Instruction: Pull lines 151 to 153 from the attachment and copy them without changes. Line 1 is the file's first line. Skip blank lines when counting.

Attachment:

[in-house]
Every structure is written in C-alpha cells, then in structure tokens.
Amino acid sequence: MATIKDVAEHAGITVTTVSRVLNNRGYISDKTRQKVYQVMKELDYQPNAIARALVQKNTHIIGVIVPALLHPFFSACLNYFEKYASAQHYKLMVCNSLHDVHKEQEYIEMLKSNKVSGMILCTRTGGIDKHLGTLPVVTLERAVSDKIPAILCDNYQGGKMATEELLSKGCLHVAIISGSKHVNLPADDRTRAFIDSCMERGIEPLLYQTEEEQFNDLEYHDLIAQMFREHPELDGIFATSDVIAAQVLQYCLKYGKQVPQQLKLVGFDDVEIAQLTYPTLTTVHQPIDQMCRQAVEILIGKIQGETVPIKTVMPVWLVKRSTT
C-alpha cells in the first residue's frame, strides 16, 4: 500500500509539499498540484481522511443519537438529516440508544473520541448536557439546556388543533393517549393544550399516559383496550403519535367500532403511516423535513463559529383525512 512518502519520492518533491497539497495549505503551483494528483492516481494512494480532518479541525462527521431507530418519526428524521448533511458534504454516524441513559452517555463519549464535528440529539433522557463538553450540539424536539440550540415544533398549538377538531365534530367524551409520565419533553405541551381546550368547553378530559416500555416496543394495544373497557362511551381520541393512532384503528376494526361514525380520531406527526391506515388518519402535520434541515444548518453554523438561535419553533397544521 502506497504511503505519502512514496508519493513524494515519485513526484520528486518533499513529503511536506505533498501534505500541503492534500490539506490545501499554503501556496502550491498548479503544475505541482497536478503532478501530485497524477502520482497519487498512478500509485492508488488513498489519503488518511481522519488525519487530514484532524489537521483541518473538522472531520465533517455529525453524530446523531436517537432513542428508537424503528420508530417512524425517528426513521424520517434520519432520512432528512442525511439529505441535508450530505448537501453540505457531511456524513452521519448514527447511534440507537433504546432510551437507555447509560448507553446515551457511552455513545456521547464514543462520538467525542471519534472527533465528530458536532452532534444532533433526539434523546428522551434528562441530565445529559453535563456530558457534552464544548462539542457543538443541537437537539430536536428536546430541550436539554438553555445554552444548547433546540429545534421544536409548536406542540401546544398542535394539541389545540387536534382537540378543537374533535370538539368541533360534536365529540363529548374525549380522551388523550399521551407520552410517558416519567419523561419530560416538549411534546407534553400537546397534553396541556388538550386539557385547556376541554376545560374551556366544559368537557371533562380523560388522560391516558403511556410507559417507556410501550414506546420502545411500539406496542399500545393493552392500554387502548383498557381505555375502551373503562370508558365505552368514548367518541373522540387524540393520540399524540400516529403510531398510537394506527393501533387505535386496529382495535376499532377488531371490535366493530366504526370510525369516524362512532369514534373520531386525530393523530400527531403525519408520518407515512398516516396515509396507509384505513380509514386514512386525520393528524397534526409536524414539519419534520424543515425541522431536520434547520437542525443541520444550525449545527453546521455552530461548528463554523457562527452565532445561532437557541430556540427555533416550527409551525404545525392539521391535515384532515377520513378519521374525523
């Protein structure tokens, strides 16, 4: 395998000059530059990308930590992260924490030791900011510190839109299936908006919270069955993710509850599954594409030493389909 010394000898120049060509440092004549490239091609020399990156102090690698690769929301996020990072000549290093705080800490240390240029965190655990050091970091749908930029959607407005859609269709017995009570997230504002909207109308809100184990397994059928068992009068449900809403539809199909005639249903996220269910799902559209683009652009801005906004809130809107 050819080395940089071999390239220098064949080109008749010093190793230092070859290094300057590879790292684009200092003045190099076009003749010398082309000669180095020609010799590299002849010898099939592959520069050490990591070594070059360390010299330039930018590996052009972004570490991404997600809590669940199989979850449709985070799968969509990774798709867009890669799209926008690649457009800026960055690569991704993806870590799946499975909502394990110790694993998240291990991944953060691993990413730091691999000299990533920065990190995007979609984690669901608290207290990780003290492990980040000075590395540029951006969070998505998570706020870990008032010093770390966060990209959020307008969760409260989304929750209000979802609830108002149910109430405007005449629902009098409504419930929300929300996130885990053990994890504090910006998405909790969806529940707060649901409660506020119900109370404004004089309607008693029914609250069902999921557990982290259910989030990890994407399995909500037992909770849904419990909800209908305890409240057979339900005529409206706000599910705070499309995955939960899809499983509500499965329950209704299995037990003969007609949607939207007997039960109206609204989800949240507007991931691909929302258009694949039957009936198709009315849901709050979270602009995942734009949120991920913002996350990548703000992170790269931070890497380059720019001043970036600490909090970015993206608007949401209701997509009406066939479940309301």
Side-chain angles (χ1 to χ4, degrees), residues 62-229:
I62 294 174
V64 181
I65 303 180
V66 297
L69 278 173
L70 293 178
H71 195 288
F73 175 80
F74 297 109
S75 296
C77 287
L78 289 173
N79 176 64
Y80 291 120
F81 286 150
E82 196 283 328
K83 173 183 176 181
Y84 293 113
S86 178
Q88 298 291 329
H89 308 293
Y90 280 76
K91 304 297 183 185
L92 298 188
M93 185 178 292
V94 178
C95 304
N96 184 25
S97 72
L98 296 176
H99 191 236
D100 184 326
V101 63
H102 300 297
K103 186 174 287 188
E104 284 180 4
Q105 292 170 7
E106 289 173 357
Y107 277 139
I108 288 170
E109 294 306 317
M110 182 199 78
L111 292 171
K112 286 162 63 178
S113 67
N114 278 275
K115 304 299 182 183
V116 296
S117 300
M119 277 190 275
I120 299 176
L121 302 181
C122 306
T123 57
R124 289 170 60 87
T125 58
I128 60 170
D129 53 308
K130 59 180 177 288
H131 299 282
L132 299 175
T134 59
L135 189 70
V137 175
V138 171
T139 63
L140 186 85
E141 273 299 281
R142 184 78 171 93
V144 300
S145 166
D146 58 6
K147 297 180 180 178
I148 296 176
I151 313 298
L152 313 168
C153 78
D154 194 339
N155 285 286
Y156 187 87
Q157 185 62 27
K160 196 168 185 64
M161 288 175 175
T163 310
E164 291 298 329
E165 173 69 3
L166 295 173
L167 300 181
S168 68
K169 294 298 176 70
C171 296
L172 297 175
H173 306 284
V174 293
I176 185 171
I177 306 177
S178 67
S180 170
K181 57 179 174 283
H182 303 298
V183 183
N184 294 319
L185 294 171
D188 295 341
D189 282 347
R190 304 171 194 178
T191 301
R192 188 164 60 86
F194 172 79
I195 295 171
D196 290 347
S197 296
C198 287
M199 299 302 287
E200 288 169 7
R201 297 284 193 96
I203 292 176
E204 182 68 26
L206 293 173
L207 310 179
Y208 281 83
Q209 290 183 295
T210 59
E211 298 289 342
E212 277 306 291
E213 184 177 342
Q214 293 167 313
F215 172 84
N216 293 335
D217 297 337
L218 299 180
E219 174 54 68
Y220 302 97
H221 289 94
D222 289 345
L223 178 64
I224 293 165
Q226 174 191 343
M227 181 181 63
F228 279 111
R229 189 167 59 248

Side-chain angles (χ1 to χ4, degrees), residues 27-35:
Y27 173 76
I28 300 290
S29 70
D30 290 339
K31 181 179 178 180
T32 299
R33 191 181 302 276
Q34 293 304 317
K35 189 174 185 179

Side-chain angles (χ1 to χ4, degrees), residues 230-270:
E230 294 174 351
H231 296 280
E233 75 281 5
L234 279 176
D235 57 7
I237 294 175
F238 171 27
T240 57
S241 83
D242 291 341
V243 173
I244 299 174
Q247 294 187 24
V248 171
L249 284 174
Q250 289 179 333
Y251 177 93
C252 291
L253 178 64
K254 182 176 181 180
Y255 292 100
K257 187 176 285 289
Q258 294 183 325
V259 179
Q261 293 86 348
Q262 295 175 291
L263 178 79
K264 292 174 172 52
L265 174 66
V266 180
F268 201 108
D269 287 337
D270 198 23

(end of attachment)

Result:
S29 70
D30 290 339
K31 181 179 178 180